Fitness Fresh: Progress is Intoxicating

My old trainer rarely corrected my form.

Weird, right?

Most of the other teachers I've had did so freely. They'd gently pull my hips back and higher in downward dog. Remind me to get those knees up; keep my shoulders back; stretch my arm that way. Tell me to keep my chest open and head up while lifting or lunging (thanks Kam Chancellor.) We'd get general direction as an entire class, but unless you were in egregious danger of injuring yourself, you were on your own in getting form right.

In CrossFit, I'm getting my form or technique evaluated constantly. I'm pretty sure I get feedback on how to do it better more than I get things right! When you're used to not getting criticism (and wrongly believing you are doing everything well), being critiqued a lot can take some getting used to.

What I've learned in CrossFit so far is that it takes time and practice to excel - or even be decent - at it. I was used to excelling at everything in my old classes, and now I'm usually near, if not the last to finish my workout.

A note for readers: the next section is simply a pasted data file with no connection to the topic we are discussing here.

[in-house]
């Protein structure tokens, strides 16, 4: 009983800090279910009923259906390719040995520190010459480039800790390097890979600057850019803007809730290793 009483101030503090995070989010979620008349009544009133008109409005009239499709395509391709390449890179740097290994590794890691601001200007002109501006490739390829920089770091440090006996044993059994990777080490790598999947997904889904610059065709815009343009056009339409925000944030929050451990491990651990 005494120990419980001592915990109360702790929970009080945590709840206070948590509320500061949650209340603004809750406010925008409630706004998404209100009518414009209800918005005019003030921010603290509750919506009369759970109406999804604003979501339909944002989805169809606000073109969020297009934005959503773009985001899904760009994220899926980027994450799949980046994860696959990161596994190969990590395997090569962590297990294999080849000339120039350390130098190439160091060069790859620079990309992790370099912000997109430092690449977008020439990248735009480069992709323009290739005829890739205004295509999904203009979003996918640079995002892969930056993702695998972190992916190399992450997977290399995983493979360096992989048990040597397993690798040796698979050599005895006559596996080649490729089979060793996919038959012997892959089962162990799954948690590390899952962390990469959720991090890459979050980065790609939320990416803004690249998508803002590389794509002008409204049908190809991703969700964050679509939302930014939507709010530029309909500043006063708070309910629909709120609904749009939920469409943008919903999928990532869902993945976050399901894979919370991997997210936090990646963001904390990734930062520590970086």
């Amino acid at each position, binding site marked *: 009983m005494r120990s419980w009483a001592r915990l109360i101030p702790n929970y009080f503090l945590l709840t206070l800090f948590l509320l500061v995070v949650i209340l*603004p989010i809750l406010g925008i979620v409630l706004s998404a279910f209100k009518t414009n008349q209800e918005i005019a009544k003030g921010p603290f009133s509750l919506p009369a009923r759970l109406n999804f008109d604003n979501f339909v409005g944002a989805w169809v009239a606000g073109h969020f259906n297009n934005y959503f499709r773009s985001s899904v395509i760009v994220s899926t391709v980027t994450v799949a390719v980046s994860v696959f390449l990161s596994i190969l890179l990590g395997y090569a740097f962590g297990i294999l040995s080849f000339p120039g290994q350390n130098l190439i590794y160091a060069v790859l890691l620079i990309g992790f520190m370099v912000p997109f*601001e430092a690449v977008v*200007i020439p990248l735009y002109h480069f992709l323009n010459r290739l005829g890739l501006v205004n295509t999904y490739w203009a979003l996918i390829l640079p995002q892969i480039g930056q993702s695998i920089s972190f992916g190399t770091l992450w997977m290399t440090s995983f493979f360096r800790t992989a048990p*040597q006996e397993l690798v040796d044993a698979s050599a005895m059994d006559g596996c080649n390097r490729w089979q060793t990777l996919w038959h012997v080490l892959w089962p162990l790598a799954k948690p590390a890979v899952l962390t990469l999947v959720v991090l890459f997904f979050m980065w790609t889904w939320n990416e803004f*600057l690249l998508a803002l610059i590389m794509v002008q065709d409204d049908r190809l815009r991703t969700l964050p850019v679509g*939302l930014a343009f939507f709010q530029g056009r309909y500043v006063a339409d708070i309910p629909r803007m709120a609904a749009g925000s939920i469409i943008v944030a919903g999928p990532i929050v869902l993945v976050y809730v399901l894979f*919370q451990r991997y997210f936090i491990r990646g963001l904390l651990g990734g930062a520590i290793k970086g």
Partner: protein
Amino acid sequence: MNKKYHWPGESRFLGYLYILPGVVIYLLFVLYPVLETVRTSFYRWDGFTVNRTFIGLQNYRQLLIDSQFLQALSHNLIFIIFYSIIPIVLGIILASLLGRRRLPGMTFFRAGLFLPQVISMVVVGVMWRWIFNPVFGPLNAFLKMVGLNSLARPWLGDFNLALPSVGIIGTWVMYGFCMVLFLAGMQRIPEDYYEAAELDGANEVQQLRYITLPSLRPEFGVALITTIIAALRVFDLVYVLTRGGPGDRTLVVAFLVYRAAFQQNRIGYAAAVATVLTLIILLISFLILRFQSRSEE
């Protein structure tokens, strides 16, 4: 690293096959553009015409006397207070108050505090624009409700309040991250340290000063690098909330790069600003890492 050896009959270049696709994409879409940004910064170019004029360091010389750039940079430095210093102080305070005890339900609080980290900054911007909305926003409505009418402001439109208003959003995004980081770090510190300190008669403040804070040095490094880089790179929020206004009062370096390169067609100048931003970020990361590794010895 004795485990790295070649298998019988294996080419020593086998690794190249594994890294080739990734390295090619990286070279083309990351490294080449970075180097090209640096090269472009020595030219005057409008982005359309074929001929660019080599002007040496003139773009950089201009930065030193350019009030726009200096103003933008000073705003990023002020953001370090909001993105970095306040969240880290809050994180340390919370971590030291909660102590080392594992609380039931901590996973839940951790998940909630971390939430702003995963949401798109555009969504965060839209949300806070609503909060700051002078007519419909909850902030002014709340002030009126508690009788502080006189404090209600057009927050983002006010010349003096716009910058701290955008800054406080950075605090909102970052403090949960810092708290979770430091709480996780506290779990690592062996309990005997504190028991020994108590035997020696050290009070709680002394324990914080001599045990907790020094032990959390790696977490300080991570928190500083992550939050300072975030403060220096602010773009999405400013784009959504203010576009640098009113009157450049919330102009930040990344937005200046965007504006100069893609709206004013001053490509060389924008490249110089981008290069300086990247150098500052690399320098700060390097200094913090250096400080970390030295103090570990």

This is growth.

I love CrossFit so far. Progress is intoxicating. I do a move. I get feedback on my form and technique. No matter how bad that first try or that last set was, all I want to do is get better.

Jess Estrada CrossFit

The desire to improve keep me coming back to class. It outweighs the excuses and fears that might've kept me away a month ago.

I'm sore all the time, so I stretch more. I sleep better. I eat better. I read about improving my form/diet/health more. I work on perfecting my form while I'm at home or doing an open workout at the gym.

The desire for progress is the central force that keeps fitness a priority in my life. I'd lost that for so long! I have no intention of losing sight of it again anytime soon.

Read all of my posts in The Year to Flourish here.